That’s one of the things you learn. Unfortunately, if you’re a woman, there are some things that people don’t want to see. There’s a sense of protecting the female character that I hadn’t really anticipated. Some of that is bullshit, and we need to stretch what we expect our female characters to do. But you want the lead character who’s a doctor, who’s going to find romance, to be someone you respect and who does noble acts. We all come from comedy cred, and we have that side of us where we think, “Oh, we should just do edgy stuff.” But at its heart it’s not that kind of show. So the character has evolved a little bit. — Mindy Kaling on why she’s changing her character in season 2 of The Mindy Project to make her more likeable. Which sort of kills me.
Publishing a collection of bright girly things that will go well with your magenta smartphone, under the heading "Feminine Mystique," seems like something that’s "Not Smart in 2013." Motorola’s advertising squad is apparently unconvinced that women are buying iPhones in large numbers without factoring in what hair ties will go well with them. — Motorola: Girls Will Love Our New Smartphone!
Feminism was established so as to allow unattractive women easier access to the mainstream of society. —
PoliticsNation with Al Sharpton: Rush Limbaugh’s 25 most outrageous moments in 25 years on the radio — MSNBC
That’s exactly why I’m a feminist, Rush!
Jamelle Bouie: What does it mean to be 'privileged'? -
Given the recent conversations over race and discrimination, I thought that this—from earlier this year—was worth republishing.
Earlier this week, I sold my old TV to a friend. But late last night was the only time I had to take it to her house. Since the TV is light, and she lives in the…
Her friends went through changes, too, often upon being confronted with their worst flaws—Charlotte’s superficiality, Miranda’s caustic tongue, Samantha’s refusal to be vulnerable. In a departure from nearly all earlier half-hour comedies, the writers fully embraced the richness of serial storytelling. In a movie we go from glare to kiss in two hours. “Sex and the City” was liberated from closure, turning “once upon a time” into a wry mantra, treating its characters’ struggles with a rare mixture of bluntness and compassion. It was one of the first television comedies to let its characters change in serious ways, several years before other half-hour comedies, like “The Office,” went and stole all the credit.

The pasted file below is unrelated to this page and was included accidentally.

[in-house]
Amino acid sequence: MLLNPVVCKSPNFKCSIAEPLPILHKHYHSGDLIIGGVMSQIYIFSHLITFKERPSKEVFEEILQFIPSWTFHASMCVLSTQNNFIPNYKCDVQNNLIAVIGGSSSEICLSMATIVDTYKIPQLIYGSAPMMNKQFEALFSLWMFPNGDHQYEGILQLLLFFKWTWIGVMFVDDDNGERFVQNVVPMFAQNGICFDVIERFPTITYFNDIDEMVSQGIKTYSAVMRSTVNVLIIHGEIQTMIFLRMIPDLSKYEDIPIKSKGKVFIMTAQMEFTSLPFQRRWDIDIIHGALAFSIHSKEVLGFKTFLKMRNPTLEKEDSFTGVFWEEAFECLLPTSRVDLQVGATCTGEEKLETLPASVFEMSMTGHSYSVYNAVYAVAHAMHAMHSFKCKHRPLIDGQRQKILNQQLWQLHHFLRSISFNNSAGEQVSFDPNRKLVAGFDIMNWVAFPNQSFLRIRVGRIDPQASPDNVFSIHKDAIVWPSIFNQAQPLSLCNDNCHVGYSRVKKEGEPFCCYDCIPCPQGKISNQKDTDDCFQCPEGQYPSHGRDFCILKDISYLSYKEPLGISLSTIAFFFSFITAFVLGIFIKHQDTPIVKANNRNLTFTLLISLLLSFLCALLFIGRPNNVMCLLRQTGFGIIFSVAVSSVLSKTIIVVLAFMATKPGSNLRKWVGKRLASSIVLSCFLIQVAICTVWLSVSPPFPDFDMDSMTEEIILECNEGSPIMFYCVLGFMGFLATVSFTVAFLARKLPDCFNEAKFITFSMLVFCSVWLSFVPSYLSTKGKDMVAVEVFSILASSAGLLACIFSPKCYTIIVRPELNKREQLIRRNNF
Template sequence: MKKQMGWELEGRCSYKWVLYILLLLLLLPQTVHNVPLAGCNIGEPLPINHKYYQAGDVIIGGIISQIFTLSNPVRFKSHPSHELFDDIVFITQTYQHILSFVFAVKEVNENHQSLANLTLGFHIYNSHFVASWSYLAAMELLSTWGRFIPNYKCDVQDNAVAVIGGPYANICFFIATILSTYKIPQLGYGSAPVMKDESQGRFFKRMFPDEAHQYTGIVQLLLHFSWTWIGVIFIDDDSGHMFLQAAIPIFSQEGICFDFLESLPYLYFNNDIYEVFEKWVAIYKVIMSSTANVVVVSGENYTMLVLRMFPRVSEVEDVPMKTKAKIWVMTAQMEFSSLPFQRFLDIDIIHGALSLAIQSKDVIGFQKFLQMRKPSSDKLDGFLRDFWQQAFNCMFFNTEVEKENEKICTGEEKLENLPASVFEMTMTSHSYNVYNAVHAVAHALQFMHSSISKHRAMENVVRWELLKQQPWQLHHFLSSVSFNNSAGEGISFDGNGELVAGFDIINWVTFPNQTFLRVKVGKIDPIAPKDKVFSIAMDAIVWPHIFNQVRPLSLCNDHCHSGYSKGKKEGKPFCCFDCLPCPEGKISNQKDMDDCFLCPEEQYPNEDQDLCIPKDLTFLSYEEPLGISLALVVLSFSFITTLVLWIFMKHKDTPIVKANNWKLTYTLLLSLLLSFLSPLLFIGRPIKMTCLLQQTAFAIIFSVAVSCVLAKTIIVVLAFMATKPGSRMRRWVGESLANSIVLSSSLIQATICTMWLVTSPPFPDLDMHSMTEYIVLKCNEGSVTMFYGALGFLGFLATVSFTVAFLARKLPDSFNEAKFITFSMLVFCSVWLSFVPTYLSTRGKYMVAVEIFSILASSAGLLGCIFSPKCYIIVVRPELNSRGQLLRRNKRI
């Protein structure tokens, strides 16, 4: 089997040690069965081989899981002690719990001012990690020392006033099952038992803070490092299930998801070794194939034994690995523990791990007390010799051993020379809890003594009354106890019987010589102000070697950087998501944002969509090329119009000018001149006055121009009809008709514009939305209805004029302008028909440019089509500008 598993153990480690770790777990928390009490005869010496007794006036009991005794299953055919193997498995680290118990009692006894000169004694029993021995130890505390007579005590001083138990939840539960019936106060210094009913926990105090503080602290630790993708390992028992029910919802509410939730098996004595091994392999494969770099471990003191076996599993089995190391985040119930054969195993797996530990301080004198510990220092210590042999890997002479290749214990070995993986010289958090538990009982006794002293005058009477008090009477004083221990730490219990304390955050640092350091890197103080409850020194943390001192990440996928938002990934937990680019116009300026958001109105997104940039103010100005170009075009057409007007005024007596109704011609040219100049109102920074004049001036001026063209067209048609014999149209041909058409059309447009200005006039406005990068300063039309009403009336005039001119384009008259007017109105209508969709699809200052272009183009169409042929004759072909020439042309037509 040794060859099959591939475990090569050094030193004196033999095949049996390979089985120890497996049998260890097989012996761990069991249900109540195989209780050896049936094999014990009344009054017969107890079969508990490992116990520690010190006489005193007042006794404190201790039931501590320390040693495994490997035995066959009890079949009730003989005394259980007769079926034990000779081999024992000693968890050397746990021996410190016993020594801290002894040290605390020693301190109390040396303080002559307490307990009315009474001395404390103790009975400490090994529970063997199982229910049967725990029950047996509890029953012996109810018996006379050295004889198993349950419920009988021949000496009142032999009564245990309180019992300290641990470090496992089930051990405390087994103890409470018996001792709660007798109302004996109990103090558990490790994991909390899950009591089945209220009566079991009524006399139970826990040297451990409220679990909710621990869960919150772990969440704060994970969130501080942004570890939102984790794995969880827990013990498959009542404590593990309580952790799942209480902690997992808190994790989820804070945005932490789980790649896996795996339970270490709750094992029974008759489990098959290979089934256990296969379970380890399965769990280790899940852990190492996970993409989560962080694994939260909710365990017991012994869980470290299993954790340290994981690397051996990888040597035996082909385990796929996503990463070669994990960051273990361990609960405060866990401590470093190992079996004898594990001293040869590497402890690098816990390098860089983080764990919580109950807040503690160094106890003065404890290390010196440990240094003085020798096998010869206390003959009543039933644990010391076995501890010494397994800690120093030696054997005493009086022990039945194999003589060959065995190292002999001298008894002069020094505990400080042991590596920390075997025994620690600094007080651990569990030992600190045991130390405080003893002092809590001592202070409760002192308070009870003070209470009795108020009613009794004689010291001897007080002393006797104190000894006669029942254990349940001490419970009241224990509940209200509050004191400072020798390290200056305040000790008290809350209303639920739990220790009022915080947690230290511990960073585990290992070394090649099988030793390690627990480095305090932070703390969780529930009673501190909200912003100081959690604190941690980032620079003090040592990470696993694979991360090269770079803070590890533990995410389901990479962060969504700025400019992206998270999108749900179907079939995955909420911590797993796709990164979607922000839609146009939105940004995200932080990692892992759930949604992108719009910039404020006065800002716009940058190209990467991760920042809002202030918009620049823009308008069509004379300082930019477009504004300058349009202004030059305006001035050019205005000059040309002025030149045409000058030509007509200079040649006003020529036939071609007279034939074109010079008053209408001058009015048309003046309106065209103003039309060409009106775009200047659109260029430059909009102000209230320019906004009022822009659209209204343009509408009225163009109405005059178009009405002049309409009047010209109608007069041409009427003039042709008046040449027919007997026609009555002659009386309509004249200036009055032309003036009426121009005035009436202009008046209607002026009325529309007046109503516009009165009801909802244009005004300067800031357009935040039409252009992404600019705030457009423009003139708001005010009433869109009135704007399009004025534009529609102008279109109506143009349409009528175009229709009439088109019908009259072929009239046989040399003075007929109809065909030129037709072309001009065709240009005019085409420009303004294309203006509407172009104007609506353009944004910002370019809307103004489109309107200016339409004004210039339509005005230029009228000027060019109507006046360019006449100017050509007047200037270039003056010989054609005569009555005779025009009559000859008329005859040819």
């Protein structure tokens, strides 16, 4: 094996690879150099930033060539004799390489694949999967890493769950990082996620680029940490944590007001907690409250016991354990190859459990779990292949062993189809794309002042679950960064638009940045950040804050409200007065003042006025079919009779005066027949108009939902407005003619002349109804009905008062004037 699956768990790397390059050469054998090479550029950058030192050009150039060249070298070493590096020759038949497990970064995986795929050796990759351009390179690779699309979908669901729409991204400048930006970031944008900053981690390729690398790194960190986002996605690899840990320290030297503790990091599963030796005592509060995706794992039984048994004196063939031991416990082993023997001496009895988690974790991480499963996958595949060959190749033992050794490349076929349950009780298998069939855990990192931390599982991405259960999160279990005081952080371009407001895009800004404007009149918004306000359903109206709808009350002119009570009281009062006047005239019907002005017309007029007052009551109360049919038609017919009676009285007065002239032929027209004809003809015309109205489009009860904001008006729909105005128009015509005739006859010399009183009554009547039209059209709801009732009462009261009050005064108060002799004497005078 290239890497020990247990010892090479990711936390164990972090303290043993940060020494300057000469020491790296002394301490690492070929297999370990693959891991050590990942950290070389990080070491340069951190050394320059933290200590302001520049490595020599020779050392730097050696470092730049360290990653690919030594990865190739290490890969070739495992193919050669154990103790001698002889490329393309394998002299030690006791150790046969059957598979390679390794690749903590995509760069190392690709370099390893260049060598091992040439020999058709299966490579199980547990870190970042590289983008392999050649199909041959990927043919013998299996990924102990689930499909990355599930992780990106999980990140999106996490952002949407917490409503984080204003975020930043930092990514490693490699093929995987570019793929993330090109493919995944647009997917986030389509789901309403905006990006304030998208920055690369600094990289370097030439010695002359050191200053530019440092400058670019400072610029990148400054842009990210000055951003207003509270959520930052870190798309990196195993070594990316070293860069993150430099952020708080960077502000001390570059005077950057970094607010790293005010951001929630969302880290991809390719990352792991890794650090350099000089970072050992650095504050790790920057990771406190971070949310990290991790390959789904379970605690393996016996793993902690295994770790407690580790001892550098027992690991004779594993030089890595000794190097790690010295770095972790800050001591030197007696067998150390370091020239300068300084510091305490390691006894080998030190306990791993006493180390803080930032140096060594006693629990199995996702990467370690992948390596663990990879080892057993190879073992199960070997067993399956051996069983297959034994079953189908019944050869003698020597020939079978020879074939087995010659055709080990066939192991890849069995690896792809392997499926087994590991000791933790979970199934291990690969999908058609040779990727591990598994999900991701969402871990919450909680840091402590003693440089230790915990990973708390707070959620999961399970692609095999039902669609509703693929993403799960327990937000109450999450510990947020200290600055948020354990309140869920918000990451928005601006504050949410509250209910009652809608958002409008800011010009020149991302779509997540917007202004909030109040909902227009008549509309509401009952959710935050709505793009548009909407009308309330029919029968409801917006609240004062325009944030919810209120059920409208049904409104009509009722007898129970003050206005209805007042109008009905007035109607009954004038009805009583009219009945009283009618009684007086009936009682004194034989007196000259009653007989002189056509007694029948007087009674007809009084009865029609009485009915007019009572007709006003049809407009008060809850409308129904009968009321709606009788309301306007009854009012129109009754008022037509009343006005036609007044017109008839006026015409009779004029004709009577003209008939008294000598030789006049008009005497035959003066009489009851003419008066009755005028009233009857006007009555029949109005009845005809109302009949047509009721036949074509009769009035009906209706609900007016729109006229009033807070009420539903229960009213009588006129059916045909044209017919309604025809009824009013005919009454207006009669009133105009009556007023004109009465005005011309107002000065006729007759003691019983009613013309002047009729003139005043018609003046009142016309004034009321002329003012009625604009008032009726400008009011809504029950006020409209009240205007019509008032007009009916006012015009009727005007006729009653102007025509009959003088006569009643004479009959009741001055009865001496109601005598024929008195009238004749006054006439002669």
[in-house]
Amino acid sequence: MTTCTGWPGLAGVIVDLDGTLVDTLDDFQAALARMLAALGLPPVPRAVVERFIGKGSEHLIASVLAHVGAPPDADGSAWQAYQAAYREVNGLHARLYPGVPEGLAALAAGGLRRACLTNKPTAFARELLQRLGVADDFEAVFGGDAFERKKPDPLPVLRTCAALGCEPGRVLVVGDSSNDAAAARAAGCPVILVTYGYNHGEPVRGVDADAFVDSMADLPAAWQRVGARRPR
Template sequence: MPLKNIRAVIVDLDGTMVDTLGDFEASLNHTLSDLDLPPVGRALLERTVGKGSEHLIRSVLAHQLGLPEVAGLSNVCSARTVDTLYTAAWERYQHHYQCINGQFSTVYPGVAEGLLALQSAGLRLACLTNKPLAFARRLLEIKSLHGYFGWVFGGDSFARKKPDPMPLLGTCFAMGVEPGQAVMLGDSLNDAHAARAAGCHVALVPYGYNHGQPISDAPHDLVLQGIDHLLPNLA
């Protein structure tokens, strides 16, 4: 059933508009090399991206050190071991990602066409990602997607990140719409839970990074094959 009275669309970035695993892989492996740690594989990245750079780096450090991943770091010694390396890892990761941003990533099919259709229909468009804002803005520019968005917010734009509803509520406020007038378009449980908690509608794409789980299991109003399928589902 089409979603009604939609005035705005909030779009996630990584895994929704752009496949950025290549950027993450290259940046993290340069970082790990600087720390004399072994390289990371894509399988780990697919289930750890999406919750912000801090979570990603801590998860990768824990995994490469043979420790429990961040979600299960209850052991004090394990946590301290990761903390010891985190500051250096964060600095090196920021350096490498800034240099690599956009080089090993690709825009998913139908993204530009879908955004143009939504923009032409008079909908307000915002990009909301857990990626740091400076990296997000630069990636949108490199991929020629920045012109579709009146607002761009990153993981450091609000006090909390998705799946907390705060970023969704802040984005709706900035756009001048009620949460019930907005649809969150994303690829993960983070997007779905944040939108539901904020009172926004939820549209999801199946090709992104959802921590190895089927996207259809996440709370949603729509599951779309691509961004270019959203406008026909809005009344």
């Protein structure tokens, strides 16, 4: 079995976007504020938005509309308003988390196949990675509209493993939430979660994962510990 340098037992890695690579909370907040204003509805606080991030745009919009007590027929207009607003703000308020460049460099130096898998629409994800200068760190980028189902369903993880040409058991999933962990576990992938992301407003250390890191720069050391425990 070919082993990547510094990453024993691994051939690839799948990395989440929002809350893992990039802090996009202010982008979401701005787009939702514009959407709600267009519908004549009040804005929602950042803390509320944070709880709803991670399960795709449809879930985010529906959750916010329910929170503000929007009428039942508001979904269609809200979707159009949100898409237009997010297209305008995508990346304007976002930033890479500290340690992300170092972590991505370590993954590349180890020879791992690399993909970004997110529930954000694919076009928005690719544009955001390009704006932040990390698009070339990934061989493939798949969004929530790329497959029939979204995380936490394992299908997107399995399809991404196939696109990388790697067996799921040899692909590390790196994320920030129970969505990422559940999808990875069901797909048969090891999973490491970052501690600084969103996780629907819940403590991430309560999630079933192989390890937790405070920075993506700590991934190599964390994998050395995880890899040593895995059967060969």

So why is the show so often portrayed as a set of empty, static cartoons, an embarrassment to womankind? It’s a classic misunderstanding, I think, stemming from an unexamined hierarchy: the assumption that anything stylized (or formulaic, or pleasurable, or funny, or feminine, or explicit about sex rather than about violence, or made collaboratively) must be inferior. Certainly, the show’s formula was strict: usually four plots—two deep, two shallow—linked by Carrie’s voice-over. The B plots generally involved one of the non-Carrie women getting laid; these slapstick sequences were crucial to the show’s rude rhythms, interjecting energy and rupturing anything sentimental. (It’s one reason those bowdlerized reruns on E! are such a crime: with the literal and figurative fucks edited out, the show is a rom-com.) — Emily Nussbaum: How “Sex and the City” Lost Its Good Name : The New Yorker
luckieblog. - where all the good ideas are: On being a black man -
Does this shirt make me look threatening?
On a typical day I wake up, look through my closet and try to select an outfit that looks good but also won’t make me look like a “thug.” If I dress a little nicer, I think, maybe today people won’t avoid me on the street today or clutch their purses…
I am Not a White Person. This means I am a walking version of this fun little game called “What Kind of Not White Person Are You?” Here’s how it goes: I introduce myself to you at a party or some such social gathering. You introduce yourself as well. In an attempt to get to know me better, or maybe just keep the conversation going, you want to know exactly how I am a Not a White Person. Which is totally fine at the right time and place, because I love gabbing on about my immigrant parents and how much I love mango pickle. It’s all good fun in post-racial America, like wearing a red, white, and blue dashiki on the fourth of July (who knew you could don a dashiki and be patriotic at the same damn time?!) But the majority of the time I play this game, supposedly well-intentioned people curious about my brownness go about asking it in the wrong way. No, not the wrong way- the ASSHOLE way. I get it, really. You grew up in a suburb of Indianapolis and no one ever taught you how to not be an asshole. That’s actually my life story, too, but you can’t always throw Indianapolis under the bus as your excuse for being ignorant. — How to Ask Someone About Their Ethnicity Without Being an Asshole
FYI: Yoga Jones from “Orange is the New Black” is Patti Mayonnaise from “Doug.”
I knew I recognized that voice from somewhere…